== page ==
Doxorubicin-incorporated polymeric micelles composed of dextran-b-poly(DL-lactide-co-glycolide) copolymer.

Research paper by Young-Il YI Jeong, Do Hyung do H Kim, Chung-Wook CW Chung, Jin-Ju JJ Yoo, Kyung Ha KH Choi, Cy Hyun CH Kim, Seung Hee SH Ha, Dae Hwan DH Kang

Indexed on: 29 Jul '11Published on: 29 Jul '11Published in: International journal of nanomedicine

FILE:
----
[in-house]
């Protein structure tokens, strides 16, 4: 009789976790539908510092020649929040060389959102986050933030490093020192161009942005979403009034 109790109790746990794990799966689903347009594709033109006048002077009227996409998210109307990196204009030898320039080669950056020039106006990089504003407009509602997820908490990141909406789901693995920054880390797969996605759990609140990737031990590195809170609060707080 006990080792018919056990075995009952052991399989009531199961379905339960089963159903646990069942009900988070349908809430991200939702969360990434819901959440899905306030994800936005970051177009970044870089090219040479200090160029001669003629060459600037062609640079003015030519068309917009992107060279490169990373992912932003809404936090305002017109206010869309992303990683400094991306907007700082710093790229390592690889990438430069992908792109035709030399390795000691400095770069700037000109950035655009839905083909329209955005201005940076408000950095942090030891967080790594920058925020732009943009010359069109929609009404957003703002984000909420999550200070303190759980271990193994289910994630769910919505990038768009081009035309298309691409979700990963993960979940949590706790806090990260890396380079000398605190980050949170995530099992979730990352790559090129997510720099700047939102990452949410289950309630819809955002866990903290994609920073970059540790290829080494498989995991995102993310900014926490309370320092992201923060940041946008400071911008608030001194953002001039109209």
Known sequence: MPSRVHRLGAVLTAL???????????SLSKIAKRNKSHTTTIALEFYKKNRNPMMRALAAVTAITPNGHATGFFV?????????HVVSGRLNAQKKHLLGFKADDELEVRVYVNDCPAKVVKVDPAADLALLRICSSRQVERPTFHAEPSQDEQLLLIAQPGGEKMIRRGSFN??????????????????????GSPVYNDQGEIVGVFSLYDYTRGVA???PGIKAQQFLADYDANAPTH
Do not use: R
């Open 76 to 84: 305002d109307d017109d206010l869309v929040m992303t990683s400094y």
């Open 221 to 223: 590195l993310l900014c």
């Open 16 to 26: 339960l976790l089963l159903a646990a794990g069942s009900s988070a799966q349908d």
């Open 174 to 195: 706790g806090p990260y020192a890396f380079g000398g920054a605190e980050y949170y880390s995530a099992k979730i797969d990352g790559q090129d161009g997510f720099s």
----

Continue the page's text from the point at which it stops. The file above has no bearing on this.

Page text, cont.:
Polymeric micelles using amphiphilic macromolecules are promising vehicles for antitumor targeting. In this study, we prepared anticancer agent-incorporated polymeric micelles using novel block copolymer.We synthesized a block copolymer composed of dextran and poly (DL-lactide-co-glycolide) (DexbLG) for antitumor drug delivery. Doxorubicin was selected as the anticancer drug, and was incorporated into polymeric micelles by dialysis. Polymeric micelles were observed by transmission electron microscopy to be spherical and smaller than 100 nm, with a narrow size distribution. The particle size of doxorubicin-incorporated polymeric micelles increased with increasing drug content. Higher initial drug feeding also increased the drug content.During the drug-release study, an initial burst release of doxorubicin was observed for 10 hours, and doxorubicin was continuously released over 4 days. To investigate the in vitro anticancer effects of the polymeric micelles, doxorubicin-resistant HuCC-T1 cells were treated with a very high concentration of doxorubicin. In an antiproliferation study, the polymeric micelles showed higher cytotoxicity to doxorubicin-resistant HuCC-T1 cells than free doxorubicin, indicating that the polymeric micelles were effectively engulfed by tumor cells, while free doxorubicin hardly penetrated the tumor cell membrane. On confocal laser scanning microscopy, free doxorubicin expressed very weak fluorescence intensity, while the polymeric micelles expressed strong red fluorescence. Furthermore, in flow cytometric analysis, fluorescence intensity of polymeric micelles was almost twice as high than with free doxorubicin.DexbLG polymeric micelles incorporating doxorubicin are promising vehicles for antitumor drug targeting.